Early in May, John Brown and his men, now including George B. Gill and Stewart Taylor, gathered in Chatham, Canada, home to many free and fugitive African Americans and not far from the United States border in Michigan. Brown had called a secret constitutional convention to ratify the new constitution and give legitimacy to the government it created. On May 8, Brown addressed an assembly of nearly four dozen men, comprised of his white recruits and more than thirty blacks. Delegates adopted Brown’s Provisional Constitution, a 48-article document to govern the group while the war of liberation was underway, and elected officers.

Church, Chatham
First Baptist church in Chatham, where the last of a series of meetings were held during the Chatham Convention in May 1858
Richard Realf
Richard Realf
George B. Gill
George B. Gill

John Brown was ready to implement his plan after the Chatham Convention, but the activities of Hugh Forbes forced him to delay. After leaving Brown late in 1857, Forbes had begun writing angry letters to John Brown, a few members of the Secret Six, and Sen. Charles Sumner of Massachusetts. Then, in May, Forbes approached Sen. Henry Wilson, also of Massachusetts, in the Senate, about John Brown. He also contacted Sen. William H. Seward of New York and Sen. John Hale of New Hampshire. Distressed over what Forbes might know about Brown’s plan and their involvement, the Secret Six wanted to postpone Brown’s undertaking and requested that he return to Kansas to draw attention to himself as part of the Kansas struggle and away from his other plans.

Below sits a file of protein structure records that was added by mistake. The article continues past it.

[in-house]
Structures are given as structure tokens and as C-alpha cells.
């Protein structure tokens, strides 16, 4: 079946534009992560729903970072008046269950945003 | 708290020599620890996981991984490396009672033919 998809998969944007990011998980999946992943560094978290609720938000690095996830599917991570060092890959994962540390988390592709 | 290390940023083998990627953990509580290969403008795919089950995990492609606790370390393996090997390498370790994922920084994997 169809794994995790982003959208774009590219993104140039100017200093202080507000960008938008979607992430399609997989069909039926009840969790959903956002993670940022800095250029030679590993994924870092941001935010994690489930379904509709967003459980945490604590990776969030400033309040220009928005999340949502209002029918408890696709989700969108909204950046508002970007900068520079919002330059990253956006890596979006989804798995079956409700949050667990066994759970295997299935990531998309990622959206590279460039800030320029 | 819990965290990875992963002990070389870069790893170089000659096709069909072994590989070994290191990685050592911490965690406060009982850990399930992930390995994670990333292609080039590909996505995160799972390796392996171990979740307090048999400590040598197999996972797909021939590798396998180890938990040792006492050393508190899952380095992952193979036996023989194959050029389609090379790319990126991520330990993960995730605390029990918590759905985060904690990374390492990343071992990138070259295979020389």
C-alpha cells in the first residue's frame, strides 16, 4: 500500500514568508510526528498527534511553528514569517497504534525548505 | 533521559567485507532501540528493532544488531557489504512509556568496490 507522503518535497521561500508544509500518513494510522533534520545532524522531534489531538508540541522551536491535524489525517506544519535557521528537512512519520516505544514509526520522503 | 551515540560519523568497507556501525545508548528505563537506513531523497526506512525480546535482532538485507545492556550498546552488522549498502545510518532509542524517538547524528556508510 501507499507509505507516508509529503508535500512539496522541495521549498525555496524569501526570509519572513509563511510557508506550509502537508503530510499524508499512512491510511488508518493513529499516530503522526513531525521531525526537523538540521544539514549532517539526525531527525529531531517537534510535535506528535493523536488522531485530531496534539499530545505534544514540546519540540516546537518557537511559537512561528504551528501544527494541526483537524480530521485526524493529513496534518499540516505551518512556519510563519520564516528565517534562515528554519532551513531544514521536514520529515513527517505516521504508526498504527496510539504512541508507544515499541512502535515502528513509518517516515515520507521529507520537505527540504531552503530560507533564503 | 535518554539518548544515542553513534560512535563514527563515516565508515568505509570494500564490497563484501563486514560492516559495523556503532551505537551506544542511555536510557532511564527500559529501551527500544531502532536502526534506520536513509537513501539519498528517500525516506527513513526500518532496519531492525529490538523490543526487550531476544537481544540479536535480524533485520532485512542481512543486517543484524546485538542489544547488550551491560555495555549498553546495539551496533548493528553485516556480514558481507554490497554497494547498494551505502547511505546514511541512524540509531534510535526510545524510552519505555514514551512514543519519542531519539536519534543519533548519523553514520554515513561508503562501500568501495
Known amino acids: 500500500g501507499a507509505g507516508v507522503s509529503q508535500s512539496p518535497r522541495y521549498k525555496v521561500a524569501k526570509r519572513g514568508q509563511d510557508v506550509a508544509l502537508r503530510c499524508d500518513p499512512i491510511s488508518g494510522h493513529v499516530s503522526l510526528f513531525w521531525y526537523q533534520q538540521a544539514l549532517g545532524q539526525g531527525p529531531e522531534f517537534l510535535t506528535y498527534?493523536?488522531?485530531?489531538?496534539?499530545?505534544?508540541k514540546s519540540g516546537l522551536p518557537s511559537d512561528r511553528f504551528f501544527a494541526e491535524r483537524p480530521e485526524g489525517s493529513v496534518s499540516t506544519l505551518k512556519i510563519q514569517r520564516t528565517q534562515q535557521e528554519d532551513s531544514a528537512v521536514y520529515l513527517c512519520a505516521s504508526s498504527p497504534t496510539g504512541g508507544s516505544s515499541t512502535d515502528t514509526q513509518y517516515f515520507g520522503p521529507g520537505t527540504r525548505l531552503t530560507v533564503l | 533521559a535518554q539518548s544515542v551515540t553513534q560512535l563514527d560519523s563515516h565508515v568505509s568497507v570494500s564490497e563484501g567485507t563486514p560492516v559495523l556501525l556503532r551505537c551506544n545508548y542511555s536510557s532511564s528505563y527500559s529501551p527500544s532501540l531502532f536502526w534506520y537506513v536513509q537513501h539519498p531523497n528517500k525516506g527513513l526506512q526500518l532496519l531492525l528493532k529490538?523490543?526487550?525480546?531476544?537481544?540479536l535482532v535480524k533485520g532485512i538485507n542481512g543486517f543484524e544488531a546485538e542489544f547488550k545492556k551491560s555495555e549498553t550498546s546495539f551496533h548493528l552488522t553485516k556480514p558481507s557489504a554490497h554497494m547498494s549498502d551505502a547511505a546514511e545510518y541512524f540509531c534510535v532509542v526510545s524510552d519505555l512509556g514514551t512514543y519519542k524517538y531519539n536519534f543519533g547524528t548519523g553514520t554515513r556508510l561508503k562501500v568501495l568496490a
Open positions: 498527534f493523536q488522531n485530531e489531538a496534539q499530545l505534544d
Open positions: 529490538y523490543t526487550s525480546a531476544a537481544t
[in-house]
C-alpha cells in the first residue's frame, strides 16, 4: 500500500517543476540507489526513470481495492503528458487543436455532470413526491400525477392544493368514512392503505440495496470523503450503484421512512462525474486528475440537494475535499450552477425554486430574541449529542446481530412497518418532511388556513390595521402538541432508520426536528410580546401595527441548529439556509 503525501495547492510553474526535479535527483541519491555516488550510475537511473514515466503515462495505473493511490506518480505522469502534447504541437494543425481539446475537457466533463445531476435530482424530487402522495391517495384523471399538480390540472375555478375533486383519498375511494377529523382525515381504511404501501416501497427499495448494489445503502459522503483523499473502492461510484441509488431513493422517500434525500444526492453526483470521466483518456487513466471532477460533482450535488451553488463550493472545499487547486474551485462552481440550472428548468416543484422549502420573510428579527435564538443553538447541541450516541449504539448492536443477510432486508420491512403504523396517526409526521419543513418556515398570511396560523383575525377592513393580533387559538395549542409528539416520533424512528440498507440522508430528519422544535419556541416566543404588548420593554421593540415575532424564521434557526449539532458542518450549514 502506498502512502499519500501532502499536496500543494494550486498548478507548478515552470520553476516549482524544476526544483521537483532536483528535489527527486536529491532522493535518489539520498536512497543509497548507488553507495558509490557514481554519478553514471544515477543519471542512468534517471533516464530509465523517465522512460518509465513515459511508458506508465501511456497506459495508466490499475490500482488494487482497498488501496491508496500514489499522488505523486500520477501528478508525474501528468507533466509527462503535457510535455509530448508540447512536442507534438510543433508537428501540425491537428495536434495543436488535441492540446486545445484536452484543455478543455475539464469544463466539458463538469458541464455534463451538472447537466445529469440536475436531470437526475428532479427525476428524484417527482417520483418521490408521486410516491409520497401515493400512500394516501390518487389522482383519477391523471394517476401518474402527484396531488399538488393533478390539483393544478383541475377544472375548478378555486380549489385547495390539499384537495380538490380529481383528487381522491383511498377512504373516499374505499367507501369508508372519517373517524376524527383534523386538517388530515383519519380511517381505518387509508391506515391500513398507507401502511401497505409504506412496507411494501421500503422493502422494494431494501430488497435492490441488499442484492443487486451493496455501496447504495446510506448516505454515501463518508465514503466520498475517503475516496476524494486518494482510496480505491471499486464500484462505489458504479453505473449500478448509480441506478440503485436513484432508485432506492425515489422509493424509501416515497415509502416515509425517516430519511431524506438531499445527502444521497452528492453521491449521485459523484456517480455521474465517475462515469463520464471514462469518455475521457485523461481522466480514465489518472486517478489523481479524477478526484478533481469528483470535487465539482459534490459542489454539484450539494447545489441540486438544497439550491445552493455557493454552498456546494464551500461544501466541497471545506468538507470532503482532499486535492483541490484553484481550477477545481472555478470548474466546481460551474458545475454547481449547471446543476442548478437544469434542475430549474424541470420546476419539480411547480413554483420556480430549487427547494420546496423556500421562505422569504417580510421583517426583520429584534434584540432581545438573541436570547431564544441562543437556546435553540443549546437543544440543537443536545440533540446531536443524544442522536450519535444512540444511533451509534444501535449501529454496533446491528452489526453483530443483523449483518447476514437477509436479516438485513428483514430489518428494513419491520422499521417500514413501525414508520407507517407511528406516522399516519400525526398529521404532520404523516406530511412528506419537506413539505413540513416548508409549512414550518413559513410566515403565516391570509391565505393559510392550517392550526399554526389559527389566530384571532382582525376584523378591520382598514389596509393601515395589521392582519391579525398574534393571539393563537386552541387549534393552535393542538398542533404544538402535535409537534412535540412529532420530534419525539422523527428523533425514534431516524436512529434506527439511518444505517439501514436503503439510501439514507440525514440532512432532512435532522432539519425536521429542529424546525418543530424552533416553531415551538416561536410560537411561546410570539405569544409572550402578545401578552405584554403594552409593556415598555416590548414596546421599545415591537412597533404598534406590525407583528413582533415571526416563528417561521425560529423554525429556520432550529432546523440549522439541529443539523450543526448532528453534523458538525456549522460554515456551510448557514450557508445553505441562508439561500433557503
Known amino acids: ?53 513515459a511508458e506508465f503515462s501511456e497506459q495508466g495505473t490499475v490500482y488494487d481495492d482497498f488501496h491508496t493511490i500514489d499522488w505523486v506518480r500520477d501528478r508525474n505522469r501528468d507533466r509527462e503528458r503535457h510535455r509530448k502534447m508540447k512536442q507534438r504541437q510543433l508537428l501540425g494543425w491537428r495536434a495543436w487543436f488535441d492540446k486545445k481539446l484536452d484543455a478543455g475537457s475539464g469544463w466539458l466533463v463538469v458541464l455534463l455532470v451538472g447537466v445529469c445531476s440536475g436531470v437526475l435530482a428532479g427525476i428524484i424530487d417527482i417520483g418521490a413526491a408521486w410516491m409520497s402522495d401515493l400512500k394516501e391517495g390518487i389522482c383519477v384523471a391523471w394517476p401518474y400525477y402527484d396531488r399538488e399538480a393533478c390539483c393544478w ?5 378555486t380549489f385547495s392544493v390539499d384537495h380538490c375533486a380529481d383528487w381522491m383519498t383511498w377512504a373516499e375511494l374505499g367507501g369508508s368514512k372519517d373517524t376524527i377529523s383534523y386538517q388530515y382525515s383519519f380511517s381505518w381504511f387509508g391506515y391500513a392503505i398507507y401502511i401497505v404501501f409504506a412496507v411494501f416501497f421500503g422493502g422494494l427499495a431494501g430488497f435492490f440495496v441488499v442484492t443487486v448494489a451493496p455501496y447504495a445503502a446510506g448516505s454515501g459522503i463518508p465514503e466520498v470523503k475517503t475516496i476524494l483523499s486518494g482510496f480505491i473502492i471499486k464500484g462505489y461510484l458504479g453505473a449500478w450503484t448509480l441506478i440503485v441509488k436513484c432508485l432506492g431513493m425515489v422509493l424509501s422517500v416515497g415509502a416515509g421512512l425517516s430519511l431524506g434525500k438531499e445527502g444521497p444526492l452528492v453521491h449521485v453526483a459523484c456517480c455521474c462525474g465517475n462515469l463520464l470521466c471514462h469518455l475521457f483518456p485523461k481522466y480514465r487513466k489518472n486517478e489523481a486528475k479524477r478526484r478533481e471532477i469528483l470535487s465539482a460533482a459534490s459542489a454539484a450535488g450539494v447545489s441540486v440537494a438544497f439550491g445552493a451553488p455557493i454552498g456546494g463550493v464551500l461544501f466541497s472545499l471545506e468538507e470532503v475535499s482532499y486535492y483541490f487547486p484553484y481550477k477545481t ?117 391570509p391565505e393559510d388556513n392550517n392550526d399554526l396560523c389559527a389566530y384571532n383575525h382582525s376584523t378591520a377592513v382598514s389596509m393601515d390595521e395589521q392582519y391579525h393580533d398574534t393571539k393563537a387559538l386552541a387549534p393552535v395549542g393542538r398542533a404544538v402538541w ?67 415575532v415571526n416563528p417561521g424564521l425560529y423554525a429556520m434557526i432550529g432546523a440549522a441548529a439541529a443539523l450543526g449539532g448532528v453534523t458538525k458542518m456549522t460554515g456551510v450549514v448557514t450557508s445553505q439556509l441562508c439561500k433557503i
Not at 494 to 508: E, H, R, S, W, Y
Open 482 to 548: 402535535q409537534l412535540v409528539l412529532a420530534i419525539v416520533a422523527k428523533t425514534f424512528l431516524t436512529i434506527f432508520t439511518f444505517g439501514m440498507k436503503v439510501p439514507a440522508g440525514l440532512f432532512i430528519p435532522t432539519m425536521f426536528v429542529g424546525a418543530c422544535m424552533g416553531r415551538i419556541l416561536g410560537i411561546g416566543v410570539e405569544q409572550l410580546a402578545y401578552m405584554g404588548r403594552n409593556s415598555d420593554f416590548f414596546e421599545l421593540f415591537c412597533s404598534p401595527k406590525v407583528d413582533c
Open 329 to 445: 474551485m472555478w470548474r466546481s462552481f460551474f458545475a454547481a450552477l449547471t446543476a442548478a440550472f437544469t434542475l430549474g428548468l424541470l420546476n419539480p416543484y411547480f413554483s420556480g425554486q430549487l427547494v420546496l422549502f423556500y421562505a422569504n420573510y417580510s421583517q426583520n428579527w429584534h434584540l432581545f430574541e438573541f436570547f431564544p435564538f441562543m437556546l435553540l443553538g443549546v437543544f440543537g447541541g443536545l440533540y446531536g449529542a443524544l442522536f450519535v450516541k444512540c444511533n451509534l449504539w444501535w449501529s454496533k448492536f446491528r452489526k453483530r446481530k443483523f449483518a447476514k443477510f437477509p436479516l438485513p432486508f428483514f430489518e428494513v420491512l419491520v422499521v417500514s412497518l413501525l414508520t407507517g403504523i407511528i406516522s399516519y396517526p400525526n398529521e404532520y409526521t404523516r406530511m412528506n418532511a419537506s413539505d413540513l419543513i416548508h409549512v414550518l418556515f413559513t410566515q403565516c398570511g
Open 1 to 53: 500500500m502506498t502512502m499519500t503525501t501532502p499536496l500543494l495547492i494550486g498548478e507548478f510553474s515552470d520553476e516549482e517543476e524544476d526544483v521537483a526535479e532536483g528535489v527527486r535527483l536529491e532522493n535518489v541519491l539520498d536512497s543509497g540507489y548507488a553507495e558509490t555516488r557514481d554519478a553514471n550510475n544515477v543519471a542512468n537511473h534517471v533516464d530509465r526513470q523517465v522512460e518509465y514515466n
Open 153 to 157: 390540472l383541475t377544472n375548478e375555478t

Going by the name Shubel Morgan, over the summer Brown established himself in Kansas near the Missouri border, where he built a small stone and wood fortification. In July, he drew up Articles of Agreement for his company of men. Brown also teamed up with free-state guerilla leader James Montgomery, but he was largely inactive until late in the year, during which time he suffered an extended bout of malarial fever. In November and December, Brown accompanied Montgomery on two expeditions but apparently did not actually participate on either occasion.

John Brown’s most memorable activity came at the end of December, when he crossed into Missouri to liberate some slaves. In response to a plea from a Missouri slave whose family soon would be sold in an estate sale, Brown and his men split into two groups, one led by himself and the other by Aaron Stevens, and entered Missouri. They freed eleven slaves at three plantations, with Stevens killing a slaveholder in the process. Missouri’s governor demanded action, President James Buchanan offered a $250 reward for Brown’s capture, and the Kansas countryside was in a state of alarm, anticipating an invasion from Missouri. Before leaving Kansas in January 1859, Brown penned “Old Brown’s Parallels,” a defense of his Missouri raid that appeared in the New York Tribune. Brown guided the eleven liberated blacks, and a baby born along the way, more than 1,000 miles from Kansas to Detroit, where the fugitives crossed the Detroit River into Canada in March.